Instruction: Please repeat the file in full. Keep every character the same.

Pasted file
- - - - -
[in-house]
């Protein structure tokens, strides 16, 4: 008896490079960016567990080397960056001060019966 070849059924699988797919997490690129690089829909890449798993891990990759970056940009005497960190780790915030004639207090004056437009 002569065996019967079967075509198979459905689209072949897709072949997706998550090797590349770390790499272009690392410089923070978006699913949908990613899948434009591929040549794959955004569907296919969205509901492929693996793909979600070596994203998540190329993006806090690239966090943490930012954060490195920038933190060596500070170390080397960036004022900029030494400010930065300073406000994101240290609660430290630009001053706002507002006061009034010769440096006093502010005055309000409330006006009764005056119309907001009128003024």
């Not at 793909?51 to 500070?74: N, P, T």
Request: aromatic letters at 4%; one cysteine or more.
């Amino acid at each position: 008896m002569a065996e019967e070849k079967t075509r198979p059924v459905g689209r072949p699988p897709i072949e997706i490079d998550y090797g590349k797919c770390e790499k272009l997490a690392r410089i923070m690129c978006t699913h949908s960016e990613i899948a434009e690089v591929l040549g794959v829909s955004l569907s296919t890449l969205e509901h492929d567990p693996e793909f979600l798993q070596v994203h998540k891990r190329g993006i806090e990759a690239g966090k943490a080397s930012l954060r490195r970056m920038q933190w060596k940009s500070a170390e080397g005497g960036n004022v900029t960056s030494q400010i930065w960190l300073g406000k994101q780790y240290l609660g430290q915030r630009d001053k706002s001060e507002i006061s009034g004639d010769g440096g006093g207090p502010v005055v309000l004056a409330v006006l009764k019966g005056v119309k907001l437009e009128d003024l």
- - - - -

[in-house]
């Protein structure tokens, strides 16, 4: 008896490079960016567990080397960056001060019966 070849059924699988797919997490690129690089829909890449798993891990990759970056940009005497960190780790915030004639207090004056437009 002569065996019967079967075509198979459905689209072949897709072949997706998550090797590349770390790499272009690392410089923070978006699913949908990613899948434009591929040549794959955004569907296919969205509901492929693996793909979600070596994203998540190329993006806090690239966090943490930012954060490195920038933190060596500070170390080397960036004022900029030494400010930065300073406000994101240290609660430290630009001053706002507002006061009034010769440096006093502010005055309000409330006006009764005056119309907001009128003024």
């Not at 793909?51 to 500070?74: N, P, T």
Request: aromatic letters at 4%; one cysteine or more.
């Amino acid at each position: 008896m002569a065996e019967e070849k079967t075509r198979p059924v459905g689209r072949p699988p897709i072949e997706i490079d998550y090797g590349k797919c770390e790499k272009l997490a690392r410089i923070m690129c978006t699913h949908s960016e990613i899948a434009e690089v591929l040549g794959v829909s955004l569907s296919t890449l969205e509901h492929d567990p693996e793909f979600l798993q070596v994203h998540k891990r190329g993006i806090e990759a690239g966090k943490a080397s930012l954060r490195r970056m920038q933190w060596k940009s500070a170390e080397g005497g960036n004022v900029t960056s030494q400010i930065w960190l300073g406000k994101q780790y240290l609660g430290q915030r630009d001053k706002s001060e507002i006061s009034g004639d010769g440096g006093g207090p502010v005055v309000l004056a409330v006006l009764k019966g005056v119309k907001l437009e009128d003024l």